Ultrasound viewing in abortion care

Ultrasound machine

Ultrasound in the context of abortion care has received more attention in recent years as states have passed regulations mandating specific ultrasound procedures. Already, 23 states have enacted such laws, requiring abortion providers to perform ultrasounds and/or offer fetal images and heart tone sounds to patients. Additional laws are being introduced across the country, with the most extreme requiring that a doctor explain certain characteristics of the fetus regardless of a woman’s desire for that information.

Abortion opponents support these regulations, expecting that women who view ultrasound images will be more likely to forgo having an abortion. Reproductive rights advocates generally oppose the regulations, citing concerns that they are coercive and interfere with the patient-provider relationship. Both sets of claims assume specific effects of ultrasound viewing on women seeking abortion.

To delve deeper into these claims, ANSIRH conducted a variety of research studies to better understand the use and experience of ultrasound viewing in the abortion care setting:


  • Ultrasound viewing does not have a singular effect.
  • From both a health care and a policy perspective, it is important to understand the role that ultrasound viewing may play in women’s decisions. It is equally important not to overstate its effect above other factors women use to make an abortion decision.
  • Mandating that women view their ultrasound images may have negative psychological and physical effects even on women who wish to view.
  • Removing women’s ability to decide whether to have an ultrasound before an abortion and dictating the manner in which the ultrasound is administered is likely to reduce women’s perceptions of decisional control regarding abortion, and thus may have negative psychological and physical health outcomes, impede adjustment, and increase the risk of a negative emotional response in women seeking abortions under such conditions.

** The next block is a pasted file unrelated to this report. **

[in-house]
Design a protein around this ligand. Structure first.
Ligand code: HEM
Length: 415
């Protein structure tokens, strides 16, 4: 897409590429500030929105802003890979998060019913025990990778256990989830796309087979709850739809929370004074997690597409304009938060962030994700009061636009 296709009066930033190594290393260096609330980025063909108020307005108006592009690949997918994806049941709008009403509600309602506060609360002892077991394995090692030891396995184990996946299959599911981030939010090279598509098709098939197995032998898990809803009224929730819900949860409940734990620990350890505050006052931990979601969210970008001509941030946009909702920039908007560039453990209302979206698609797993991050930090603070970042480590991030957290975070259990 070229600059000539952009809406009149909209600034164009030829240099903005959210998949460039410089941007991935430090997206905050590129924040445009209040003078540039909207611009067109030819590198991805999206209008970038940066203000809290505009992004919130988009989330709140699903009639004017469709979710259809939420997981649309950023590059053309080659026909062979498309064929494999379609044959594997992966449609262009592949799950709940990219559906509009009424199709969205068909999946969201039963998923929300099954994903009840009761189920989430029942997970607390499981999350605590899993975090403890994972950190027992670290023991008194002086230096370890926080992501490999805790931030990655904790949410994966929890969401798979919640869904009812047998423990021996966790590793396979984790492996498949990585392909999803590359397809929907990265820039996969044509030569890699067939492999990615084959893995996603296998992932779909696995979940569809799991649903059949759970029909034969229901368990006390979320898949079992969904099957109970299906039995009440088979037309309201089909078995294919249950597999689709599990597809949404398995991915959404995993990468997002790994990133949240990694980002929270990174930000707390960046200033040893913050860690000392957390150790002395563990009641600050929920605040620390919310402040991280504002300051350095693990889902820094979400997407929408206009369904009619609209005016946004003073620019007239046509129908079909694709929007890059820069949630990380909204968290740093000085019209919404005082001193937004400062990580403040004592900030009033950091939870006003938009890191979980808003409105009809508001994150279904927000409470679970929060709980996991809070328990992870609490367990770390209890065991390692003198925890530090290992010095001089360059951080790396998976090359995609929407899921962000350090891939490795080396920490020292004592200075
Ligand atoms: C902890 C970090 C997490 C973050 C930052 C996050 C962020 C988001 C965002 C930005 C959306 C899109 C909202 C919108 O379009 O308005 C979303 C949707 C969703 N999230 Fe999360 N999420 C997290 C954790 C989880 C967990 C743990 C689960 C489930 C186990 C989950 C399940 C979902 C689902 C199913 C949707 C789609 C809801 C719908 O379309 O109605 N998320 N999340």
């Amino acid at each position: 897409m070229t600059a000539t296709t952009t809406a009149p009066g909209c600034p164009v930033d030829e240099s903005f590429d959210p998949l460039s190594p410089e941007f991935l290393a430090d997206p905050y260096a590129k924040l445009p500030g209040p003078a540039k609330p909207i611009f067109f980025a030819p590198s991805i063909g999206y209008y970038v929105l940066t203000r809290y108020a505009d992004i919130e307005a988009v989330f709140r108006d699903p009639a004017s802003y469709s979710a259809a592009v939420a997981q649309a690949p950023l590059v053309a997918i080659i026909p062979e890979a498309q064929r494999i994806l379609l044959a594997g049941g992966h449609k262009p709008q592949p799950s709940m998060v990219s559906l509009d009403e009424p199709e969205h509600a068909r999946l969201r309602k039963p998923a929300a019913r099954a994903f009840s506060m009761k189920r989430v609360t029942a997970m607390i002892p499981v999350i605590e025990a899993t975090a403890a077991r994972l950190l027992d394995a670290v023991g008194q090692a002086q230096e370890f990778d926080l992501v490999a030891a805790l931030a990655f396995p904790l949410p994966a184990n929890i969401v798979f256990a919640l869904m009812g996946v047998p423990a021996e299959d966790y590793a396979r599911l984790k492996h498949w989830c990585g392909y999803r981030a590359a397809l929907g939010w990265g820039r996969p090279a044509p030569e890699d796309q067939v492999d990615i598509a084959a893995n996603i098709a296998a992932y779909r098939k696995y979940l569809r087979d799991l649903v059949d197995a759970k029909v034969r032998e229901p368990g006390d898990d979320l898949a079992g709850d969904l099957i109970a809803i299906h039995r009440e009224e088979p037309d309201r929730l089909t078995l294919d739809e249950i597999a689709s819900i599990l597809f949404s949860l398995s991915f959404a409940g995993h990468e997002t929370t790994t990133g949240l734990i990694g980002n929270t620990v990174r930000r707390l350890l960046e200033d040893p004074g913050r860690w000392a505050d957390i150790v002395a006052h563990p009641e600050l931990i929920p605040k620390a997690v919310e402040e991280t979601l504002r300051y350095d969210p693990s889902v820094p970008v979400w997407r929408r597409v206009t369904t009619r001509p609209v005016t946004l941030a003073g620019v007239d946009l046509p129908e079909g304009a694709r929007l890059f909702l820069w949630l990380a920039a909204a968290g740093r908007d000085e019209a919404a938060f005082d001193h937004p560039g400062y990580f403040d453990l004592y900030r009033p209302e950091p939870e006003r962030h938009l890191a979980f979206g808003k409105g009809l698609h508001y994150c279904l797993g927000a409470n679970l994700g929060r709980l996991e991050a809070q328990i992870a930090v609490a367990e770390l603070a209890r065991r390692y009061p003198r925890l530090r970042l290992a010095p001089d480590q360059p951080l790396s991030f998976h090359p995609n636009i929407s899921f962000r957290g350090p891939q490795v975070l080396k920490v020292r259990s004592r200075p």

• Our findings suggest that providers, advocates, and legal experts would be best served by articulating the importance of ultrasound in the abortion care context while simultaneously opposing laws that seek to mobilize images in particular ways to manipulate women’s decision-making.
  • Questions about clinical care practices are best addressed in the medical context, not the legislative arena.

For a more in-depth look at our findings, click here for our Ultrasound viewing in abortion care issue brief. See also our publication Clinical guidelines on ultrasound viewing, released in September 2014, that provides tools to facilitate patient-provider conversations and create a context where women’s choices are normalized, their concerns validated, and their feelings addressed.

To speak with the lead researcher on these studies, please contact Katrina Kimport.